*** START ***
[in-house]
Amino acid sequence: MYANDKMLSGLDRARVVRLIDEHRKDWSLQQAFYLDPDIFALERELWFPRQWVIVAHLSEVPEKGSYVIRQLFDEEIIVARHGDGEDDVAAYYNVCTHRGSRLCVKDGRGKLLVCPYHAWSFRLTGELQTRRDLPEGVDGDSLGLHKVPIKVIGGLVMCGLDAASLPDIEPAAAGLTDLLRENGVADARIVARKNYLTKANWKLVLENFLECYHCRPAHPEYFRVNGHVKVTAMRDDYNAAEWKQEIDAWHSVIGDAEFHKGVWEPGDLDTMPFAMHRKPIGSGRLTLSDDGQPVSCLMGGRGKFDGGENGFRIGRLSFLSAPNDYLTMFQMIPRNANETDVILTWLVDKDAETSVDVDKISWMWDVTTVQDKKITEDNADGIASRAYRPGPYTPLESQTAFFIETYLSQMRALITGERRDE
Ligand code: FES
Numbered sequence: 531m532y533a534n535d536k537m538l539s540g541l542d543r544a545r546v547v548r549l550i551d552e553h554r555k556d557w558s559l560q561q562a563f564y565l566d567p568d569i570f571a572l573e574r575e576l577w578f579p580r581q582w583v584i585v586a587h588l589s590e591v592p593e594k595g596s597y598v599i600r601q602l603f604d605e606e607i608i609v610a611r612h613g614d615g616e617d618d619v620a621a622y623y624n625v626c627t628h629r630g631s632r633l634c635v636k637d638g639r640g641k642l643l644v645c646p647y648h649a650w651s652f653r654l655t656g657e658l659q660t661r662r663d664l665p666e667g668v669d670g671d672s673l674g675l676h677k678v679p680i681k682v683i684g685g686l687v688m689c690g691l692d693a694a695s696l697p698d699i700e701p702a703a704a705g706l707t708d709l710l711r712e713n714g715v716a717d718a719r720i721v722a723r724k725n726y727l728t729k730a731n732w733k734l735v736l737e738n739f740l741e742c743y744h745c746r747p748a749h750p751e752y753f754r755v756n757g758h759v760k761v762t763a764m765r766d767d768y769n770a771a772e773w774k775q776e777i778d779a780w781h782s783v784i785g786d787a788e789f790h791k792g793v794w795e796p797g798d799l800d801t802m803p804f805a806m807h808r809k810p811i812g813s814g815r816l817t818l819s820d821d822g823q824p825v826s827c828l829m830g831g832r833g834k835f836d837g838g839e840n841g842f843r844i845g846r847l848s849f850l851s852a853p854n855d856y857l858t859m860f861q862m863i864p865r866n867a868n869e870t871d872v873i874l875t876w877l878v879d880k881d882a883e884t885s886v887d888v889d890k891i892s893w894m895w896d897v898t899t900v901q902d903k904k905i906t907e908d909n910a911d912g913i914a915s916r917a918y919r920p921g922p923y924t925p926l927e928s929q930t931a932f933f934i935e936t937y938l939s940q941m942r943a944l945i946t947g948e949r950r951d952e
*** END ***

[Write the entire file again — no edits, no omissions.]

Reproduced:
[in-house]
Amino acid sequence: MYANDKMLSGLDRARVVRLIDEHRKDWSLQQAFYLDPDIFALERELWFPRQWVIVAHLSEVPEKGSYVIRQLFDEEIIVARHGDGEDDVAAYYNVCTHRGSRLCVKDGRGKLLVCPYHAWSFRLTGELQTRRDLPEGVDGDSLGLHKVPIKVIGGLVMCGLDAASLPDIEPAAAGLTDLLRENGVADARIVARKNYLTKANWKLVLENFLECYHCRPAHPEYFRVNGHVKVTAMRDDYNAAEWKQEIDAWHSVIGDAEFHKGVWEPGDLDTMPFAMHRKPIGSGRLTLSDDGQPVSCLMGGRGKFDGGENGFRIGRLSFLSAPNDYLTMFQMIPRNANETDVILTWLVDKDAETSVDVDKISWMWDVTTVQDKKITEDNADGIASRAYRPGPYTPLESQTAFFIETYLSQMRALITGERRDE
Ligand code: FES
Numbered sequence: 531m532y533a534n535d536k537m538l539s540g541l542d543r544a545r546v547v548r549l550i551d552e553h554r555k556d557w558s559l560q561q562a563f564y565l566d567p568d569i570f571a572l573e574r575e576l577w578f579p580r581q582w583v584i585v586a587h588l589s590e591v592p593e594k595g596s597y598v599i600r601q602l603f604d605e606e607i608i609v610a611r612h613g614d615g616e617d618d619v620a621a622y623y624n625v626c627t628h629r630g631s632r633l634c635v636k637d638g639r640g641k642l643l644v645c646p647y648h649a650w651s652f653r654l655t656g657e658l659q660t661r662r663d664l665p666e667g668v669d670g671d672s673l674g675l676h677k678v679p680i681k682v683i684g685g686l687v688m689c690g691l692d693a694a695s696l697p698d699i700e701p702a703a704a705g706l707t708d709l710l711r712e713n714g715v716a717d718a719r720i721v722a723r724k725n726y727l728t729k730a731n732w733k734l735v736l737e738n739f740l741e742c743y744h745c746r747p748a749h750p751e752y753f754r755v756n757g758h759v760k761v762t763a764m765r766d767d768y769n770a771a772e773w774k775q776e777i778d779a780w781h782s783v784i785g786d787a788e789f790h791k792g793v794w795e796p797g798d799l800d801t802m803p804f805a806m807h808r809k810p811i812g813s814g815r816l817t818l819s820d821d822g823q824p825v826s827c828l829m830g831g832r833g834k835f836d837g838g839e840n841g842f843r844i845g846r847l848s849f850l851s852a853p854n855d856y857l858t859m860f861q862m863i864p865r866n867a868n869e870t871d872v873i874l875t876w877l878v879d880k881d882a883e884t885s886v887d888v889d890k891i892s893w894m895w896d897v898t899t900v901q902d903k904k905i906t907e908d909n910a911d912g913i914a915s916r917a918y919r920p921g922p923y924t925p926l927e928s929q930t931a932f933f934i935e936t937y938l939s940q941m942r943a944l945i946t947g948e949r950r951d952e